In celebration of Tupac’s birthday today, let’s take a look at one of his final films, Gridlock’d, directed by Vondie Curtis-Hall and starring Tupac Shakur, Tim Roth, and Thandie Newton.

Gridlock’d is the story of a good premise executed competently. In terms of writing and directing, the movie is solid but not particularly interesting, which is odd considering the subject matter and the cast. The highlights here are the performances, and the chemistry between Tim Roth and Tupac Shakur’s characters. They play extremely close friends, where Tim Roth is kind of an aggressive and bumbling idiot, and Tupac is the straight man, a level-headed guy.

They both want to get clean, inspired by the recent hospital trip Thandie Newton’s character had to undergo. This is a drug movie, and it isn’t a glorification. It uses substance abuse as a subject to create a satirical world that these two characters must deal with. It’s easy to get addicted, but as we discover, not so easy to get off. The entire city seems to be against them as they try to kick, from the guys behind the desks at clinics and stations to the blaxploitation-esque badguys roaming the streets spraying bullets and snarky one-liners.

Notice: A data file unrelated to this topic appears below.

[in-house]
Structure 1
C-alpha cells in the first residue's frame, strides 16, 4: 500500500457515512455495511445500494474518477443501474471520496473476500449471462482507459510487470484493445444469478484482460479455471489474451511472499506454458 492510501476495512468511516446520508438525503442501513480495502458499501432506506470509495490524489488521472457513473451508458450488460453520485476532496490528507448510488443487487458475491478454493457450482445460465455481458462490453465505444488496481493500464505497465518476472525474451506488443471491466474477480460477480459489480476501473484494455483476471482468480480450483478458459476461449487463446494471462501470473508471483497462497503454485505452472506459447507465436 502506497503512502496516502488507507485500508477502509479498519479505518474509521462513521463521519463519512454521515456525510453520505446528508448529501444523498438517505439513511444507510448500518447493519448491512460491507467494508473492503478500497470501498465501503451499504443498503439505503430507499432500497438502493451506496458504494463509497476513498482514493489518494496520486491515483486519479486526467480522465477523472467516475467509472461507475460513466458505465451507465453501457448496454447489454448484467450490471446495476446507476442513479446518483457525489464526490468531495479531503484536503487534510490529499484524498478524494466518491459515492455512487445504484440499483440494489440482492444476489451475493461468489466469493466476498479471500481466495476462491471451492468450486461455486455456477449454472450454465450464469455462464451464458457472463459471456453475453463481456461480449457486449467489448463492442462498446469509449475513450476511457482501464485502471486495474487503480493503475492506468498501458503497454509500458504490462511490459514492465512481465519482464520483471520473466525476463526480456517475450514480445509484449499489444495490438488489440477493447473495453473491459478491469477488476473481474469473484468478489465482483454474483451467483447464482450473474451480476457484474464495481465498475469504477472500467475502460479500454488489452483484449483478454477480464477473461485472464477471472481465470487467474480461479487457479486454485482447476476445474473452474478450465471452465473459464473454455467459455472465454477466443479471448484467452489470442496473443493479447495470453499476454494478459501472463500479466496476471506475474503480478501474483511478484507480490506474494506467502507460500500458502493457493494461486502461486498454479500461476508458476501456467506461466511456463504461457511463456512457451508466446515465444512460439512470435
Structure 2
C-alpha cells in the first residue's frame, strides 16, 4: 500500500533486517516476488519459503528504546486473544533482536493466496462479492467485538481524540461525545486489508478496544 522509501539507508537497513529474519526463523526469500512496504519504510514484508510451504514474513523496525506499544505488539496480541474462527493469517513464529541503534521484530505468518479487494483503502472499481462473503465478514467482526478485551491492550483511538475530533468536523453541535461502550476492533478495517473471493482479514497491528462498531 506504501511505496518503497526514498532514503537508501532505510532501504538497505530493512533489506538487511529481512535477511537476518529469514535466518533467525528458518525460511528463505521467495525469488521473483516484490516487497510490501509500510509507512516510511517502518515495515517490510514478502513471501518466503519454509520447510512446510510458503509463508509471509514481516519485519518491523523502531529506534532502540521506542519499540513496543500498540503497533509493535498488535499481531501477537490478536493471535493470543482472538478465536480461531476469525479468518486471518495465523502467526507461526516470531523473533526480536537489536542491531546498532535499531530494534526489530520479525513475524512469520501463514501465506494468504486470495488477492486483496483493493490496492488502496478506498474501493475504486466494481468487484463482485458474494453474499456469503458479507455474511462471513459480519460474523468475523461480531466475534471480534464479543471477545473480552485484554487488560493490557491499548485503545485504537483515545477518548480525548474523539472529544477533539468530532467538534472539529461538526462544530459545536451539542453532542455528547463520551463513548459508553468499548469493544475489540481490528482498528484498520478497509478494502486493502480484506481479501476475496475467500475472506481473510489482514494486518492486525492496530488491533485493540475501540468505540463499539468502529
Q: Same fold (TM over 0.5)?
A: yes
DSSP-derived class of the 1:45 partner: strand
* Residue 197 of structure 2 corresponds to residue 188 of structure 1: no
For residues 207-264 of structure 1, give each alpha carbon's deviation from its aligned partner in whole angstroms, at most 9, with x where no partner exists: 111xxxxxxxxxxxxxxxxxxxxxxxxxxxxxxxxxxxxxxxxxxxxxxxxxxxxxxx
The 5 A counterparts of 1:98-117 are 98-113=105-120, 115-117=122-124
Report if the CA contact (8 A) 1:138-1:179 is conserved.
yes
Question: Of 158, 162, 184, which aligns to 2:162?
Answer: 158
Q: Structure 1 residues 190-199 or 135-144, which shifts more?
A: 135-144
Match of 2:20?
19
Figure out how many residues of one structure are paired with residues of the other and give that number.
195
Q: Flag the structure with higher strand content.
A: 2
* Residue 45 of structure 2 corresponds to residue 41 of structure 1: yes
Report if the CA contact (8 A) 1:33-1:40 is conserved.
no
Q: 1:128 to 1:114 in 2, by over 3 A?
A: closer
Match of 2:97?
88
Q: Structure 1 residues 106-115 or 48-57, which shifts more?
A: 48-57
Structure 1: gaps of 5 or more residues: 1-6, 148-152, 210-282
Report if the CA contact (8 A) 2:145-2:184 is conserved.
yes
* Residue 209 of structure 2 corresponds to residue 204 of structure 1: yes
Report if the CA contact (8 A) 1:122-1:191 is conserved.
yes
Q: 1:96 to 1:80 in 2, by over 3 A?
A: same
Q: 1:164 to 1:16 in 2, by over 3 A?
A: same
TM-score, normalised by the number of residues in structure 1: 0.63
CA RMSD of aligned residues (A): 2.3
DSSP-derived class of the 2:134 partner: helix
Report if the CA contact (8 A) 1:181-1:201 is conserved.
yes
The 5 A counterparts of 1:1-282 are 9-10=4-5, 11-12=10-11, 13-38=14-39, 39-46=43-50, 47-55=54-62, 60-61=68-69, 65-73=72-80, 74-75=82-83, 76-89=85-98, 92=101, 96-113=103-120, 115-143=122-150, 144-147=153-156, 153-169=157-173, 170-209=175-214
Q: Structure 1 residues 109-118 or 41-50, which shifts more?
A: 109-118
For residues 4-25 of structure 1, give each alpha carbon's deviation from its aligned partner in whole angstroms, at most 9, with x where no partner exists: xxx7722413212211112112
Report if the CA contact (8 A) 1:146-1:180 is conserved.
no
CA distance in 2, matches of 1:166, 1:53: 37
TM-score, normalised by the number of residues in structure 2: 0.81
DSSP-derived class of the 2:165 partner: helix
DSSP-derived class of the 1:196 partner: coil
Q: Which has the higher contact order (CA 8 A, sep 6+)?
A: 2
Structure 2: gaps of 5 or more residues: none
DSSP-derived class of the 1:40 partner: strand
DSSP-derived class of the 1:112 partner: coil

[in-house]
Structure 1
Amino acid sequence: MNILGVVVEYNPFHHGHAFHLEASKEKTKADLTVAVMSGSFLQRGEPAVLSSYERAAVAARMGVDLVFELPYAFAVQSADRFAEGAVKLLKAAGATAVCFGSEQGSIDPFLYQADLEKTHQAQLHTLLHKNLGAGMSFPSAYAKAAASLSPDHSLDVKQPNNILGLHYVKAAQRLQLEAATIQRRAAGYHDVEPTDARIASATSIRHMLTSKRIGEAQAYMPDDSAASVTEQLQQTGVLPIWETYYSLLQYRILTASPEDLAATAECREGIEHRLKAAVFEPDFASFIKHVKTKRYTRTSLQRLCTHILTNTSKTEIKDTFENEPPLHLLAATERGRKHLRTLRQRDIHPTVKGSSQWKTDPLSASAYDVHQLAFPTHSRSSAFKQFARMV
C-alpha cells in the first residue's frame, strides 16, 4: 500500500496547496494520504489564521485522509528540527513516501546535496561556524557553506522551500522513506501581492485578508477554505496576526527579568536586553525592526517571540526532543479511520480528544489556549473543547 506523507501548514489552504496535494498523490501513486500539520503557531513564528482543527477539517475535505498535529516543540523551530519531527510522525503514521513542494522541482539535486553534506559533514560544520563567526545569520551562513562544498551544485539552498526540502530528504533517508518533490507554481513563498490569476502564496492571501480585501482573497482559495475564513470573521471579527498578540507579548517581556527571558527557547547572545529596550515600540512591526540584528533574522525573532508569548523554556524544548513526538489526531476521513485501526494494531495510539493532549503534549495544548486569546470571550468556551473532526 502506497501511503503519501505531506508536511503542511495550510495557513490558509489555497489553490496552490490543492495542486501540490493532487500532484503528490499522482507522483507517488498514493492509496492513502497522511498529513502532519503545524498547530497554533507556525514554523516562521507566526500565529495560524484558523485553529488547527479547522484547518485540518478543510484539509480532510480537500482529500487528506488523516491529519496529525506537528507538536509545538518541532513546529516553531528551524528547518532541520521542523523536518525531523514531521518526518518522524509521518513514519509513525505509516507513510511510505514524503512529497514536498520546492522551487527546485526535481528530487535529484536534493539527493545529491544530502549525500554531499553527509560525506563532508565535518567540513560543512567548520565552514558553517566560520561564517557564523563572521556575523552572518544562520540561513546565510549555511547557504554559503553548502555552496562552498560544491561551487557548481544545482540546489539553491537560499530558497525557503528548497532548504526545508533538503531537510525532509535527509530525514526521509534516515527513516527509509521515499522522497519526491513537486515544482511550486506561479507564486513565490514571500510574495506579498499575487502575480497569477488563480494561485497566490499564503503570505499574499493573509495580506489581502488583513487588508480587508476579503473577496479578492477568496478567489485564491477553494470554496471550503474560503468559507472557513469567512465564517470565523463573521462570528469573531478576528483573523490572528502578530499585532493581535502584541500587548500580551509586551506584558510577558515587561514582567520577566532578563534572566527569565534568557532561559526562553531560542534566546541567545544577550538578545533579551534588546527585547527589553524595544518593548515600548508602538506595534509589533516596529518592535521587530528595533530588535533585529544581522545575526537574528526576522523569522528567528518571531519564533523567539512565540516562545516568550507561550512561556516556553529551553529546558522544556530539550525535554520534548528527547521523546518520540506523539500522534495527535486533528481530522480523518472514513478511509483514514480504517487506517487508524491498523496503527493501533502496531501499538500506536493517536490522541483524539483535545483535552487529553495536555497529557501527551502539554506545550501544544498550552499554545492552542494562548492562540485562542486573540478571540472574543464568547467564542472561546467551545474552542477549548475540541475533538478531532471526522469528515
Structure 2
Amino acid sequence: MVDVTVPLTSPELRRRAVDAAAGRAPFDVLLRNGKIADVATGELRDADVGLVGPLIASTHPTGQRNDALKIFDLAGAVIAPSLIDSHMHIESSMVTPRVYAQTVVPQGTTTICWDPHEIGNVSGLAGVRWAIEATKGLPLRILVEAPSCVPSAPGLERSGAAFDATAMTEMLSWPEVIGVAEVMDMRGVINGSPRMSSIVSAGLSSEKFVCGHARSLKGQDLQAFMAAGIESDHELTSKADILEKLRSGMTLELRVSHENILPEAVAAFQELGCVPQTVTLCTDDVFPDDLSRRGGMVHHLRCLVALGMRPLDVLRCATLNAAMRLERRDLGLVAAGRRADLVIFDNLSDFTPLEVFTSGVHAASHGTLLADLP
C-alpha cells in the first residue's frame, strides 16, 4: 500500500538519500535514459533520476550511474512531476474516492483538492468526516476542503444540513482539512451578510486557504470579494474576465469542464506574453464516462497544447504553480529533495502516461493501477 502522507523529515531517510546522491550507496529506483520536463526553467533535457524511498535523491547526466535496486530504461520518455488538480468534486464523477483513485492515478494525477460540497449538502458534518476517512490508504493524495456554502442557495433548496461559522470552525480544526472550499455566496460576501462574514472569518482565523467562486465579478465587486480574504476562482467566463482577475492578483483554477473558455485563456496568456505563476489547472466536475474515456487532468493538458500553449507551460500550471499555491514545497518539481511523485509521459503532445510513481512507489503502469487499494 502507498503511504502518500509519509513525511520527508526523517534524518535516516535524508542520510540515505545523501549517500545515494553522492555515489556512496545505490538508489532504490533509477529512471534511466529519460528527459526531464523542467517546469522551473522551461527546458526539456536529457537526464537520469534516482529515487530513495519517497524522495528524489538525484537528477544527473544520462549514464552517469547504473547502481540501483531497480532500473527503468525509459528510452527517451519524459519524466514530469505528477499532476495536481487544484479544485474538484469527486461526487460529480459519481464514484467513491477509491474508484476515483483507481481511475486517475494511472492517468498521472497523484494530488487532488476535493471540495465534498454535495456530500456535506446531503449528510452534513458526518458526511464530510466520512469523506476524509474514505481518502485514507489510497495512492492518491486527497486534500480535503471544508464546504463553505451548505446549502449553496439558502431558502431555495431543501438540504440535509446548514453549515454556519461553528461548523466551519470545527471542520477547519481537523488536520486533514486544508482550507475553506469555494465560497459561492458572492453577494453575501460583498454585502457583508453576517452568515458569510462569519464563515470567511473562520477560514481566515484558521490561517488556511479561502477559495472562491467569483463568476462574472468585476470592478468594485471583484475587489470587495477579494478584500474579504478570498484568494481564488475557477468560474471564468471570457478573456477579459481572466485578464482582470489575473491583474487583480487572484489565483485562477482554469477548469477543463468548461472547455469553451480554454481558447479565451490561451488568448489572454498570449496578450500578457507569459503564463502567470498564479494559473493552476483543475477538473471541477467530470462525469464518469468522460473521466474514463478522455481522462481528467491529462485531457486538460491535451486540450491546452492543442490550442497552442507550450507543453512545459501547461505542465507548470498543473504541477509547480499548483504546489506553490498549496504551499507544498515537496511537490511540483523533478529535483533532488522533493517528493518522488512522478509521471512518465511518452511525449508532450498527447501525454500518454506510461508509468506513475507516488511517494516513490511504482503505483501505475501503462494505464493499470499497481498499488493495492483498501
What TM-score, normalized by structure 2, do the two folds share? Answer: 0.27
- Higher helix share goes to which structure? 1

Even though the subject matter is serious, it’s been dealt with in more serious terms elsewhere, for example A Scanner Darkly. Gridlock’d goes for the laughs, and this creates the juxtaposition to the tragic. There’s also the sense that perhaps we should be getting angry, as the sympathetic plight of the heroes makes everyone around them a villain.

The story is okay, and the plot moves along fairly well. It’s an entertaining flick, but not quite what I expected. Still, it’s better than Poetic Justice.

Tim Roth is absolutely hilarious. He’s good in everything, but here he plays this pretty wacked out dude with a temper. One of the most memorable scenes for Podcast Co-Host and I was when he orders lunch at some diner. Tupac as a dramatic actor I think continued to surprise everyone. From what I can gather based on people like Ice Cube, rappers get to be in one good movie, and then they take on some crap. One of the things that Tupac was always concerned about in his music was selling out – he didn’t want to become another Jay-Z, as it were, so the movies he was in were consistently heartfelt and dealt with these urban troubles.

One last thing of note: I believe that there is one of those scenes in this movie where two characters are talking in an unbroken conversation, despite the fact that we don’t follow them for the duration of the conversation, we cut every time they enter or exit a room. There is time lapse between some of these cuts, yet the conversation remains unbroken. This is common in a lot of movies – were they just not talking when the camera was off them? I like to think so.